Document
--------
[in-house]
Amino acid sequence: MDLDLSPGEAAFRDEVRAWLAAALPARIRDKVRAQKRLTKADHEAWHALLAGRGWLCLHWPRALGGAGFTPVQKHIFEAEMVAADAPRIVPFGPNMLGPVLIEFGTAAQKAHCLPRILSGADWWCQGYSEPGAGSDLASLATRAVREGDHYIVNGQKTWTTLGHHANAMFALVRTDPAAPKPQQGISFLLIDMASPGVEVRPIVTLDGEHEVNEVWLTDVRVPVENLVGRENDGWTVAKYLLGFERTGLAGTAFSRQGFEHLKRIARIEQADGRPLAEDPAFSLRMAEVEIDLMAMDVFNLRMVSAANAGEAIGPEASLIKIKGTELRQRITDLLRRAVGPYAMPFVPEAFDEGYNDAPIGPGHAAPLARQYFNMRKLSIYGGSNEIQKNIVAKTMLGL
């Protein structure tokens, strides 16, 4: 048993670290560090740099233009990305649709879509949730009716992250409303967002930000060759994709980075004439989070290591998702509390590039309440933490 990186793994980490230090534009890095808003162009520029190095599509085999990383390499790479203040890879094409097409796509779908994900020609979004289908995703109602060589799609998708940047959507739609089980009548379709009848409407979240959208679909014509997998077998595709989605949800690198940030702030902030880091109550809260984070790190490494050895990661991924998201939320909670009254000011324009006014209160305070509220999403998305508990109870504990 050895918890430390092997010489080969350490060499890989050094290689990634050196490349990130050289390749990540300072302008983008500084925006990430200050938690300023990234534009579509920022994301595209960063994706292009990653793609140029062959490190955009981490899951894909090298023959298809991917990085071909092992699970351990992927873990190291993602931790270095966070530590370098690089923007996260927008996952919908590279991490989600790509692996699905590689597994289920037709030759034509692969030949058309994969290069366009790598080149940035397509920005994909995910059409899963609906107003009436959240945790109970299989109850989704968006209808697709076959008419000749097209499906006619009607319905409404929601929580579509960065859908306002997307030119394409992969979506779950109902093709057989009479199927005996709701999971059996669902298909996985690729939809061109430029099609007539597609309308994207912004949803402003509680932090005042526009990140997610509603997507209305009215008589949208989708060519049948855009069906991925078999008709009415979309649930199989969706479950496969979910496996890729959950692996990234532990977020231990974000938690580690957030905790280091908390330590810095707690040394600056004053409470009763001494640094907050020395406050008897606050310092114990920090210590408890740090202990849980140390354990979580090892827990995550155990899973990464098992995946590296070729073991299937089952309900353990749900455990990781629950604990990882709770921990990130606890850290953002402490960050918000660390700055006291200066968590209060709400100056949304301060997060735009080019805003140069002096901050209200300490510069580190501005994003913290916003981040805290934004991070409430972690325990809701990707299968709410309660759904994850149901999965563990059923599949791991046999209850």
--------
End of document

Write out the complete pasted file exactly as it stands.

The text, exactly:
[in-house]
Amino acid sequence: MDLDLSPGEAAFRDEVRAWLAAALPARIRDKVRAQKRLTKADHEAWHALLAGRGWLCLHWPRALGGAGFTPVQKHIFEAEMVAADAPRIVPFGPNMLGPVLIEFGTAAQKAHCLPRILSGADWWCQGYSEPGAGSDLASLATRAVREGDHYIVNGQKTWTTLGHHANAMFALVRTDPAAPKPQQGISFLLIDMASPGVEVRPIVTLDGEHEVNEVWLTDVRVPVENLVGRENDGWTVAKYLLGFERTGLAGTAFSRQGFEHLKRIARIEQADGRPLAEDPAFSLRMAEVEIDLMAMDVFNLRMVSAANAGEAIGPEASLIKIKGTELRQRITDLLRRAVGPYAMPFVPEAFDEGYNDAPIGPGHAAPLARQYFNMRKLSIYGGSNEIQKNIVAKTMLGL
């Protein structure tokens, strides 16, 4: 048993670290560090740099233009990305649709879509949730009716992250409303967002930000060759994709980075004439989070290591998702509390590039309440933490 990186793994980490230090534009890095808003162009520029190095599509085999990383390499790479203040890879094409097409796509779908994900020609979004289908995703109602060589799609998708940047959507739609089980009548379709009848409407979240959208679909014509997998077998595709989605949800690198940030702030902030880091109550809260984070790190490494050895990661991924998201939320909670009254000011324009006014209160305070509220999403998305508990109870504990 050895918890430390092997010489080969350490060499890989050094290689990634050196490349990130050289390749990540300072302008983008500084925006990430200050938690300023990234534009579509920022994301595209960063994706292009990653793609140029062959490190955009981490899951894909090298023959298809991917990085071909092992699970351990992927873990190291993602931790270095966070530590370098690089923007996260927008996952919908590279991490989600790509692996699905590689597994289920037709030759034509692969030949058309994969290069366009790598080149940035397509920005994909995910059409899963609906107003009436959240945790109970299989109850989704968006209808697709076959008419000749097209499906006619009607319905409404929601929580579509960065859908306002997307030119394409992969979506779950109902093709057989009479199927005996709701999971059996669902298909996985690729939809061109430029099609007539597609309308994207912004949803402003509680932090005042526009990140997610509603997507209305009215008589949208989708060519049948855009069906991925078999008709009415979309649930199989969706479950496969979910496996890729959950692996990234532990977020231990974000938690580690957030905790280091908390330590810095707690040394600056004053409470009763001494640094907050020395406050008897606050310092114990920090210590408890740090202990849980140390354990979580090892827990995550155990899973990464098992995946590296070729073991299937089952309900353990749900455990990781629950604990990882709770921990990130606890850290953002402490960050918000660390700055006291200066968590209060709400100056949304301060997060735009080019805003140069002096901050209200300490510069580190501005994003913290916003981040805290934004991070409430972690325990809701990707299968709410309660759904994850149901999965563990059923599949791991046999209850």